And the questions don’t stop with ethics. If one grants the seemingly safe assumption that ants are not capable of robust subjective experience akin to humans and other mammals, then what are we to make of the complex behaviors – from the altruism to agriculture – observed within ant colonies? One plausible explanation is that these behaviors reflect a pattern of intelligent action without conscious experience. That is, perhaps the ants act out an intelligent pattern of behavior developed through natural selection but lacking in conscious awareness or control. If so, then similar questions arise for other behaviors found in both humans and ants, such as the construction of artifice. Assuming their simple anatomy precludes conscious awareness, how are we to explain the ability of some termites to construct earthen mounds up to 17 feet high that don’t overheat in the hot Australian sun because of a sophisticated system of ventilation tunnels and a geographic orientation that minimizes the surface area exposed to the sun during the hottest times of the day? If ants can do this with little or no consciousness, should we be so certain that human artifice is rooted solely in our conscious awareness? Again, we no doubt apply our big brains to make exceedingly complex objects that ants could never make, but this does not mean that the fundamental drive to construct things is not rooted in forces much deeper in our evolutionary history and our Pleistocene psyche.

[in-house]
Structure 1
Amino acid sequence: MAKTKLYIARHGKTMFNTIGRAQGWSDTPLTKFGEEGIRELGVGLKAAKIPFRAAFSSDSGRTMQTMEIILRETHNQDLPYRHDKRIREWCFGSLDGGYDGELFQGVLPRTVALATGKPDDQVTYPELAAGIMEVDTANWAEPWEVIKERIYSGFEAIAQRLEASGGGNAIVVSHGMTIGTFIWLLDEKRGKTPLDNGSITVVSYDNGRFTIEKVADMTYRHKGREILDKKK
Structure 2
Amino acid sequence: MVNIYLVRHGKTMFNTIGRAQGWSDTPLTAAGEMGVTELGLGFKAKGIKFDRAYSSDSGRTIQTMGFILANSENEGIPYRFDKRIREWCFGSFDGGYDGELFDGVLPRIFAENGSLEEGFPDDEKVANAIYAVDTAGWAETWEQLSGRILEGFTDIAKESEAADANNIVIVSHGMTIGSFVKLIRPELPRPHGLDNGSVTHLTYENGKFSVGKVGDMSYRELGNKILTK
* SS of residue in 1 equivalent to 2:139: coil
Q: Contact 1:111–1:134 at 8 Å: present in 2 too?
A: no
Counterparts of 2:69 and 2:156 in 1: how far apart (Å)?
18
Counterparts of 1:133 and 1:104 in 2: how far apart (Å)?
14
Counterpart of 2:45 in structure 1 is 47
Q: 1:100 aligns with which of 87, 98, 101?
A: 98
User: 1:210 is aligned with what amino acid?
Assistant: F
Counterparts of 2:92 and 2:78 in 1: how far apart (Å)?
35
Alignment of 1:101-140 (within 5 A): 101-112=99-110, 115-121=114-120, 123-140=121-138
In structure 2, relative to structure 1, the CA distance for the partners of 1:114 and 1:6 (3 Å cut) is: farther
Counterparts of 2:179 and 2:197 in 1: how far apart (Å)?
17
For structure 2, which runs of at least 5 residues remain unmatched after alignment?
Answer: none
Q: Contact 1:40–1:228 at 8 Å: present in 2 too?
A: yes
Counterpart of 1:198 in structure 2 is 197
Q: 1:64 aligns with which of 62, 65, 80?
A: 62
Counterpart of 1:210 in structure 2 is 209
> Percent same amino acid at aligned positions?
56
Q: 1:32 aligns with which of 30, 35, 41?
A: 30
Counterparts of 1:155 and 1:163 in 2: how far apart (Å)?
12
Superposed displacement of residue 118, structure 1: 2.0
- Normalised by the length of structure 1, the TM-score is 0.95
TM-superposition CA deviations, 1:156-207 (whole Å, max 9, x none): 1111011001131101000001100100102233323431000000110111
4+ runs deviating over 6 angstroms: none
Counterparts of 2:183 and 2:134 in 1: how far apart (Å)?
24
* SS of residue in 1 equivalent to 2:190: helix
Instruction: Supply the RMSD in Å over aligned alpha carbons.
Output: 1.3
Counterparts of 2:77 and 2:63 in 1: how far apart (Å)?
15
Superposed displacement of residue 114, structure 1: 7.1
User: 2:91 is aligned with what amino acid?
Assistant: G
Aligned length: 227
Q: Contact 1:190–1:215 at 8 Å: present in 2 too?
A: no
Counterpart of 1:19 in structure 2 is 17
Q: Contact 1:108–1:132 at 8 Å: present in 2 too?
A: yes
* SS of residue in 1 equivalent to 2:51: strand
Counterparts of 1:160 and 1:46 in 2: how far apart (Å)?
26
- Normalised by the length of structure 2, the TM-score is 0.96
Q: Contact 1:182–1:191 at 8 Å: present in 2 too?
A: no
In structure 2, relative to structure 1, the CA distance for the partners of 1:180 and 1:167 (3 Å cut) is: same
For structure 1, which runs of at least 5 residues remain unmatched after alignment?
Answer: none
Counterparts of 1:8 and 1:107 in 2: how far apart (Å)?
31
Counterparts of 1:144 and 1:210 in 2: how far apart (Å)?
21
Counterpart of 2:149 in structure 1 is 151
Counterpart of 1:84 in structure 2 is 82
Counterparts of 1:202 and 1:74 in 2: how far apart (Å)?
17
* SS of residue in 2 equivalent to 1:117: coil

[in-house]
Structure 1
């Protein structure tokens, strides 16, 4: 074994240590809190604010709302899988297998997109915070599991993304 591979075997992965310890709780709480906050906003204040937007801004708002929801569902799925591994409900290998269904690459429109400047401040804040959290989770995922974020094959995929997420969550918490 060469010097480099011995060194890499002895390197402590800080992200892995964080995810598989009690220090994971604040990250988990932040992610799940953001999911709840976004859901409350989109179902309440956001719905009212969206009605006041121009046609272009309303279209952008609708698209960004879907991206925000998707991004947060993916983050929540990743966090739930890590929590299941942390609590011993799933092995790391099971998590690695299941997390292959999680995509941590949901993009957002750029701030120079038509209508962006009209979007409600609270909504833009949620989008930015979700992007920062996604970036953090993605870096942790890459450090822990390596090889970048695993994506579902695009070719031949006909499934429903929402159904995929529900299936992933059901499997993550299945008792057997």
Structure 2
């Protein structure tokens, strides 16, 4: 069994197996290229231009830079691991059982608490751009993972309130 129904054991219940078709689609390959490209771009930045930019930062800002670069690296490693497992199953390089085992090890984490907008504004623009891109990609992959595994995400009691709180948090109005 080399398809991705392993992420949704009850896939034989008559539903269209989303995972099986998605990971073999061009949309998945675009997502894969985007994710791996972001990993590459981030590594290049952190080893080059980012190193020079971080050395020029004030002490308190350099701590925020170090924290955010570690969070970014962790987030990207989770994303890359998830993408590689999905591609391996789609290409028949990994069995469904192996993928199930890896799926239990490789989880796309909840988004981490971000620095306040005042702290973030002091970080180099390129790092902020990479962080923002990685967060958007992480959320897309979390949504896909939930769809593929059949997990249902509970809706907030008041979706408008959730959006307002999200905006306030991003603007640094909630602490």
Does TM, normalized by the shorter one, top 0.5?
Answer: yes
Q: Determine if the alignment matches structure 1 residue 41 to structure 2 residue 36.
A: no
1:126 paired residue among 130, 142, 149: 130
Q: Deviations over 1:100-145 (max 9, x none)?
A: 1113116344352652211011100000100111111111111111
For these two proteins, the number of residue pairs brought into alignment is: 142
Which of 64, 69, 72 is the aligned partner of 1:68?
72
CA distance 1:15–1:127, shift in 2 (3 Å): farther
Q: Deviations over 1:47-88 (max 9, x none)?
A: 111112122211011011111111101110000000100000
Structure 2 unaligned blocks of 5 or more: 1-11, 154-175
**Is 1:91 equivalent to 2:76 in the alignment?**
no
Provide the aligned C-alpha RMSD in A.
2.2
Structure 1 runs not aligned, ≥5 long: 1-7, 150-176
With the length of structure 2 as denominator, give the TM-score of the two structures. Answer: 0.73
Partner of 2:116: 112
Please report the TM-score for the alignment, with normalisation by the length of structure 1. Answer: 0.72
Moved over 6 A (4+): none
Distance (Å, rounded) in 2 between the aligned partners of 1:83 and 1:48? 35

This discussion of evolution and artifice leads inevitably to consider art. No, I’m not talking about what some have called an evolutionary drive to make art but rather an object of art that I drive every day – “The Ant Car.” Inspired by the amazing life of ants (along with the amazing work of other car artists around the country), ”The Ant Car” is an homage to ‘the little things that run the world.’ It is also a car being reclaimed by nature. The artifice that is a Volvo sedan is being taken over by vegetation, by erosion, and… by ants! Yet a closer look shows that these natural forces are in fact thoroughly artificial – the ants are made from steel, the grass from aluminum, and the vines from copper. And the ant mound on top – while not 17 feet high — – is made of that most unnatural of substances, Bondo. An even closer look reveals that each ant is carrying an icon of human artifice, such as the Statue of Liberty, the Eiffel Tower, and a can of Five Hour Energy Drink. Ants were here long before us and will likely be here long after. The great achievements of human culture may well be but fodder for the recombinant forces of nature, however sublime or miniscule. We humans seem to be the only ones bothered by this in the least.
David Schwartz is the Mary Frances Williams Professor of Humanities and Philosophy at Randolph College. He has written books on public funding for the arts and consumer ethics. His current research focuses on ethical issues raised by the environmental practice of re-wilding. In fall 2017, he will be the Garrey Carruthers Endowed Chair in Honors at the University of New Mexico. See pictures and video of The Ant Car at www.theantcar.com. For more on consumer ethics, visit www.consumingchoices.com.